HARKER HEIGHTS — Tap Tap Art School, a unique and creative space, opened its doors on Saturday, to more than 100 families ready to get their hands dirty with art.
A first-of-its-kind school in the area is the brain-child of owner and art teacher Amelia Rabroker, who held a strong desire to share her passion for creative expression with others. “I’m trying to bring art into this community, because there is a void here.”
Live music with DJ and Brandi entertained the crowd strolling about the two-story house with kids dabbling in all sorts of free art classes, like jewelry making and a tile planter workshop, each led by certified art teachers.
In one room, Angelo Gomez demonstrated how to paint a sky. “Tap Tap is wonderful, and I’m ready to start working,” Gomez said. The patio held more classes where kids decorated a wind chime or did tie-dye, sometimes getting more paint on themselves.
“Art is messy but fun,” said Liz Scott of Harker Heights.
The school is an extension of Rabroker’s original art school on wheels, the Tap Tap Bus, which is still in operation. But now, the school has a permanent home at 103 Mountain Lion on an acre of land across from Purser Park.
To spruce up the landscaping, Hidden Falls Nursery helped the kids plant more then 75 flowers in the garden as a free Earth Day project. Many parents took advantage of on-site registration signing up their children for the upcoming summer enrichment services and art camps available for kids ages 5-12. Local eateries, like Bite the Bagel, Rock and Roll Ice Cream, and Simply Clean Eating offered free treats.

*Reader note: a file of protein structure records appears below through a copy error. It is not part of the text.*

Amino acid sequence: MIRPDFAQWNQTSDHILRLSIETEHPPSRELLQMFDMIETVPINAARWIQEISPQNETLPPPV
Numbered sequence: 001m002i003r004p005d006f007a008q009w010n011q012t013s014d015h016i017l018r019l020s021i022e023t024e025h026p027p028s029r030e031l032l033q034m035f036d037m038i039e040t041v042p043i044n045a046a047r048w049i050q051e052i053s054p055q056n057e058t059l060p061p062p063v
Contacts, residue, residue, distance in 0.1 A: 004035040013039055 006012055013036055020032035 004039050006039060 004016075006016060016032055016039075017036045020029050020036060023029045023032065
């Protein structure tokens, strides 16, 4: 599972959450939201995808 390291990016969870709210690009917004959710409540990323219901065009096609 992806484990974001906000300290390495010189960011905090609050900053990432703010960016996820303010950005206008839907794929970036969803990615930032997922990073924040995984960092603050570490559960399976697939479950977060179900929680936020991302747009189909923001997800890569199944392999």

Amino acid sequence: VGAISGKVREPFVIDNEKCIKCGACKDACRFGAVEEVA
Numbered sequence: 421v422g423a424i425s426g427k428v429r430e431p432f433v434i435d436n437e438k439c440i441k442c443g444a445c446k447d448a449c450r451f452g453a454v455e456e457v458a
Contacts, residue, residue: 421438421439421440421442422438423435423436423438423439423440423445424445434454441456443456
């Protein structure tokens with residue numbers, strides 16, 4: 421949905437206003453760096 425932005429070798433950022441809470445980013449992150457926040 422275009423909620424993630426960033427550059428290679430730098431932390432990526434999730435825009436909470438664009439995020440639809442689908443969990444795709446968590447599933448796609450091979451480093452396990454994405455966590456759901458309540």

Artist Arielle Kittle brought daughter Lilly, 4, to paint and enjoy the grand opening. “Every community needs some kind of art outlet for children, so this is an awesome idea, “Kittle said. Rabroker’s ideas for the school also includes exhibiting the works of local artists. “I want to put art in people’s faces to say we need more art here,” she said. On the patio, Phil Davis,of Killeen, watched his son Cooper, 6, paint a tile, and said the new art school is a refreshing breath of artistic air.
“With so many arts programs being cut in schools, Tap Tap is really needed,” Davis said.